Legendary American Himalayan historian Elizabeth Hawley has passed away at the age of 95 in Kathmandu.
Born in 1923 in Chicago, Hawley graduated from the University of Michigan in 1946 and later had a job at Fortune magazine as a researcher.
In 1957, she went on a trip to the Himalayas and decided to stay in Kathmandu. Hawley said about her move, “I came to Nepal. I never planned to stay. I just never left.”
She then worked for Reuters news and covered mountaineering and alpine climbing successes and failures. One of her big stories was covering the U.S.A expedition to Mount Everest in 1962.
Hawley went on to cover important ascents in the Himalayas, including Reinhold Messner’s Everest solo and Junko Tabei’s first female ascent of Everest.
She would drive her blue Volkswagen Beetle across Kathmandu to interview climbers claiming big ascents. “I don’t mean to frighten people, but maybe I’ve acquired this aura of being the arbitrator,” she told the BBC in 2010.
“It might scare them into telling me the truth and that might be useful.”
Sir Edmund Hillary, one of the first men to reach the top of Mount Everest, reportedly called her “the Sherlock Holmes of the mountaineering world.”
Her goal was to get all of the facts about every major and minor climb correct. She started documenting Himalayan climbs in 1963 and founded the Himalayan Database, an archive of more than 9,600 expeditions.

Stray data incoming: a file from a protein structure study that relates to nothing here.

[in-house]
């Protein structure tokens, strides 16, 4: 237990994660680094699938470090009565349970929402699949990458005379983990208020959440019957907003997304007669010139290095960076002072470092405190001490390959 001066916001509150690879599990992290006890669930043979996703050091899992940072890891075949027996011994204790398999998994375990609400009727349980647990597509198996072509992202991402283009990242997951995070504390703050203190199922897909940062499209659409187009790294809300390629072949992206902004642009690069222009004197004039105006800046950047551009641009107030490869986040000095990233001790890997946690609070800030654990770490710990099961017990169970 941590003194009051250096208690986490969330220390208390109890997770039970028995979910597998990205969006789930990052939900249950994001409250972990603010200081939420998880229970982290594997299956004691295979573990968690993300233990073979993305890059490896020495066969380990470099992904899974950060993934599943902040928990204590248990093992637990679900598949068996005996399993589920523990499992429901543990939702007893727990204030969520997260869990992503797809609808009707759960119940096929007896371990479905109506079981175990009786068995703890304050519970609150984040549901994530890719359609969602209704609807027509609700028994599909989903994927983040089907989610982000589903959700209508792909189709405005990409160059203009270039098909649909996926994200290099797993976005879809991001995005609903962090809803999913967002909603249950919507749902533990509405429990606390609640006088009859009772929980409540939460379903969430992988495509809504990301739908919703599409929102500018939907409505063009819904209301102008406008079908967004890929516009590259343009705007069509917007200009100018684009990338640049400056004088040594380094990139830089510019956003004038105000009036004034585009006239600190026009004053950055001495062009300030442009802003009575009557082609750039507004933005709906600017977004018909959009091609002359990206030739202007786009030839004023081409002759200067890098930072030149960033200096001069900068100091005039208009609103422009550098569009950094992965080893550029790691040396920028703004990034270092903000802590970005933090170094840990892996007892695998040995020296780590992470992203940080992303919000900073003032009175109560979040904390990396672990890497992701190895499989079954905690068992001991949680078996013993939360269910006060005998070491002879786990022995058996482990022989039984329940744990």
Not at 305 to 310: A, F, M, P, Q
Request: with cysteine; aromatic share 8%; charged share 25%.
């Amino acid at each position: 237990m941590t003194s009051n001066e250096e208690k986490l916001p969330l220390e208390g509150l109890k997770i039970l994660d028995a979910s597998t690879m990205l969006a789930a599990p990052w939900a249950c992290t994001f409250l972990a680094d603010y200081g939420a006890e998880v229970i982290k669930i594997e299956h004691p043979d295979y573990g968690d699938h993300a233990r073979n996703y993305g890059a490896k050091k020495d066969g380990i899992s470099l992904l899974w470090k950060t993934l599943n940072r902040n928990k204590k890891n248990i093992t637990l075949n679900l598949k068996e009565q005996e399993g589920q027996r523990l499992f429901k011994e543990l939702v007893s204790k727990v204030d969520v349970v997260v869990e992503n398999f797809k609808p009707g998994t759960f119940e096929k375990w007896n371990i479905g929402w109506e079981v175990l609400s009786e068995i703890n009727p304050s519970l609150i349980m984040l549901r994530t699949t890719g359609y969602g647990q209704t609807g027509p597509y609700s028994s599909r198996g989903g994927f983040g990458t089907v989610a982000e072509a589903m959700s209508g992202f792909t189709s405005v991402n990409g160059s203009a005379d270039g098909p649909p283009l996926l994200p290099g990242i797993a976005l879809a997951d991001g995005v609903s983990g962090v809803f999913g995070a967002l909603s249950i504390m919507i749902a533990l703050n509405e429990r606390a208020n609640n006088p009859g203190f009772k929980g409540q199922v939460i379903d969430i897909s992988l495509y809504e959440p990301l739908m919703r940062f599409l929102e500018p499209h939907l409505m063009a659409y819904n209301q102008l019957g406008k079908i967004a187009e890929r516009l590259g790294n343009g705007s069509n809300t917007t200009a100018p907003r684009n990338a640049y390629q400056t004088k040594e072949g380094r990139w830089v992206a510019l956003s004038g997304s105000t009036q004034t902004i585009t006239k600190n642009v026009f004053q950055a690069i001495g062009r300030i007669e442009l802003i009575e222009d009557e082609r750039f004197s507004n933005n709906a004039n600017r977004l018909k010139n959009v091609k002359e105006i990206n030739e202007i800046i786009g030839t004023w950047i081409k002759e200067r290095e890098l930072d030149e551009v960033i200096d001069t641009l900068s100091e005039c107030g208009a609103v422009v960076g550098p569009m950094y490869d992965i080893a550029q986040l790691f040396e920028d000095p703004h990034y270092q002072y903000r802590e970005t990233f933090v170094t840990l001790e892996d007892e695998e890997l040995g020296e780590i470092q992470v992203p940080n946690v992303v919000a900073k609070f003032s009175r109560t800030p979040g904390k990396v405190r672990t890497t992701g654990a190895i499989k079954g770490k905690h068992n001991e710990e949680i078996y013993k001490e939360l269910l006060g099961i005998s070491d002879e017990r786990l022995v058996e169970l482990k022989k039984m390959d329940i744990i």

A mountain in northwest Nepal on the border of Tibet was named Peak Hawley in her honour in 2014, despite her telling Reuters, “I think the mountains should not be named after individuals. They should have local names.”
And in 2016, she passed on responsibility of the Himalayan Database to her assistant Billi Bierling. It’s now available online here.
When asked why people climbin, she said, “Some people climb mountains to test themselves, you’re pushing your body to the utmost limits, but some people go over these limits… and die.
“For Everest? It’s bragging rights, but the goal is very simple in mountaineering, and this is why people like it. You focus on one thing and one thing only… Getting to the top. You don’t have the struggles of daily life to contend with.”
Hawley will be missed by many in the climbing community and her extraordinary contributions to mountaineering will continue to inspire many new and old climbers.